But more importantly, Donald Trump is a bigoted, racist, ignorant candidate whom no one with a whit of common sense would want running our country, or having his finger on the nuclear button. Merely having him as a major party candidate is an embarrassment for the country, and has sent shockwaves throughout our allies in NATO and other strategic alliances. He is obviously unfit to be president.

    So don’t waste your vote making a political point, knowing it would make it more likely that “the Donald” might somehow squeak through and win this election. Every progressive voter who sits out this election, or who votes for a third party candidate, helps Donald Trump.

    We can all fight among ourselves about specific issues and how best to achieve more progressive policies in this country. But none of us can afford the risk of a Trump presidency.

  • by Danielle Keane, NORML Political Director July 19, 2016

    ballot_box_leafWe’ve said it before and we’ll say it again: 2016 is set to be a monumental year for marijuana law reform. There are currently nine pending ballot initiatives to either legalize adult marijuana use or to legalize the use of medical marijuana for qualifying medical conditions. The country could double the number of states that allow the recreational use of marijuana and could potentially expand the therapeutic benefits of marijuana use to millions of Americans come November.

    Find below a summary of each of these pending initiatives, links to the campaign websites and to the initiative texts so you can be an informed voter this November. (A Michigan social use initiative effort is in litigation and is not included in the summary below.)

    Arizona
    Name: Arizona Regulation and Taxation of Marijuana Act
    Ballot Number: N/A — signatures awaiting verification from the Secretary of State’s office
    Proponents: The Campaign to Regulate Marijuana Like Alcohol (Marijuana Policy Project)
    Website: Regulate Marijuana Like AlcoholInitiative Language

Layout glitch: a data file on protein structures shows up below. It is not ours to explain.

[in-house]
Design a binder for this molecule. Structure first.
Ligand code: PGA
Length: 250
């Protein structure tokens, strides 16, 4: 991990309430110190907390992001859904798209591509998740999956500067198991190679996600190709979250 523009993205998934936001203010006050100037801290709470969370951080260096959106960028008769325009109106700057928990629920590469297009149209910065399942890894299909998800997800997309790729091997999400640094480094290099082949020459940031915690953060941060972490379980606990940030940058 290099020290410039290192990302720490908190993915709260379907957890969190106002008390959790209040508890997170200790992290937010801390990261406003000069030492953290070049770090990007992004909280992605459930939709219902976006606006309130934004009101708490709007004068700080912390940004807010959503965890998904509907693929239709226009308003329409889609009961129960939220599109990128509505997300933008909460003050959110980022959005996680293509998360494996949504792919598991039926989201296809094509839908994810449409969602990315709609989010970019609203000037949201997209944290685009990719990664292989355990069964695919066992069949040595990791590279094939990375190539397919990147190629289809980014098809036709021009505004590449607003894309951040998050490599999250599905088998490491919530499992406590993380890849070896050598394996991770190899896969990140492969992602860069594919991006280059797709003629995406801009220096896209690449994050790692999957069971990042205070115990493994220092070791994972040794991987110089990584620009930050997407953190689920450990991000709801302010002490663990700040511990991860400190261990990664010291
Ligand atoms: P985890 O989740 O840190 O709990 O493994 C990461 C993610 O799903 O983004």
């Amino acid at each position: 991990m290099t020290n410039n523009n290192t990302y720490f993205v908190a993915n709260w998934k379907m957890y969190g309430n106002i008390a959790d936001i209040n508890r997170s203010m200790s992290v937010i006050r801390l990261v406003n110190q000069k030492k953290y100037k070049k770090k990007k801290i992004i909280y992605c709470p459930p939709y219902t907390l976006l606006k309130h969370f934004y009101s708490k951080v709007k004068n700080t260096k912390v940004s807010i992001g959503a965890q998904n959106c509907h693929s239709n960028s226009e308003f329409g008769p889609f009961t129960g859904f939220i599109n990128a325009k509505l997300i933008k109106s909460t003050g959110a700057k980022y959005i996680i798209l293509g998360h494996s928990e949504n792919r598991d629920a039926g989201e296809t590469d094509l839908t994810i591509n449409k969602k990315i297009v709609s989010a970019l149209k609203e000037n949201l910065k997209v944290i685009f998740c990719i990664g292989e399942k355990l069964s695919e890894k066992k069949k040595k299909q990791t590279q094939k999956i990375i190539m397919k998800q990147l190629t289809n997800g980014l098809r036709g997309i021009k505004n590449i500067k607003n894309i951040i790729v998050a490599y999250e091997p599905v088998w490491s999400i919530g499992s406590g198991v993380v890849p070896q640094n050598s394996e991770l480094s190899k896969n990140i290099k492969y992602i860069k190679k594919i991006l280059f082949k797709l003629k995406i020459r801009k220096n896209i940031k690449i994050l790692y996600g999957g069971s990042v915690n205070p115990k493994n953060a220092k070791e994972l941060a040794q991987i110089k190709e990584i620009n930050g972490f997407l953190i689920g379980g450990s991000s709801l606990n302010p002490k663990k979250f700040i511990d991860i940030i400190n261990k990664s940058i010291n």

Summary: The Regulation and Taxation of Marijuana Act allows adults twenty-one years of age and older to possess and to privately consume and grow limited amounts of marijuana; it creates a system in which licensed businesses can produce and sell marijuana; establishes a Department of Marijuana Licenses and Control to regulate the cultivation, manufacturing, testing, transportation, and sale of marijuana; and provides local governments with the authority to regulate and limit marijuana businesses.


    Arkansas
    Name: The 2016 Arkansas Medical Cannabis Act
    Ballot Number: N/A
    Proponents: Arkansans for Compassionate Care
    Website: The Arkansas Medical Cannabis ActInitiative Language
    Summary: The 2016 Arkansas Medical Cannabis Act establishes a statewide program for the licensed production, analytic testing, and distribution of medicinal cannabis. Under the program, patients diagnosed by a physician with one of over 50 qualifying conditions may obtain cannabis from one of up to 38 licensed non-profit care centers. Qualified patients who do not have a center operating in their vicinity will be permitted to obtain a ‘hardship certificate’ in order to cultivate their own medicine at home. A similar initiative narrowly failed in the state in 2012, garnering over 48 percent of the vote.


    California
    Name: Adult Use of Marijuana Act
    Ballot Number: Proposition 64
    Proponents: Let’s Get It Right CA
    Website: Yes on Prop 64Initiative Language
    Summary: Passage of the measure would permit adults to legally grow (up to six plants) and possess personal use quantities of cannabis (up to one ounce of flower and/or up to eight grams of concentrate) while also licensing commercial cannabis production and retail sales. The measure prohibits localities from taking actions to infringe upon adults’ ability to possess and cultivate cannabis for non-commercial purposes. The initiative language specifies that it is not intended to “repeal, affect, restrict, or preempt … laws pertaining to the Compassionate Use Act of 1996.” The AUMA is endorsed by the ACLU of California, the California Democratic Party, the California Medical Association, California Lt. Gov. Gavin Newsom, the California NAACP, the Drug Policy Alliance, Students for Sensible Drug Policy, and NORML. Sixty percent of likely California voters say that they intend to vote for the initiative this fall, according to a February 2016 Probolsky Research poll.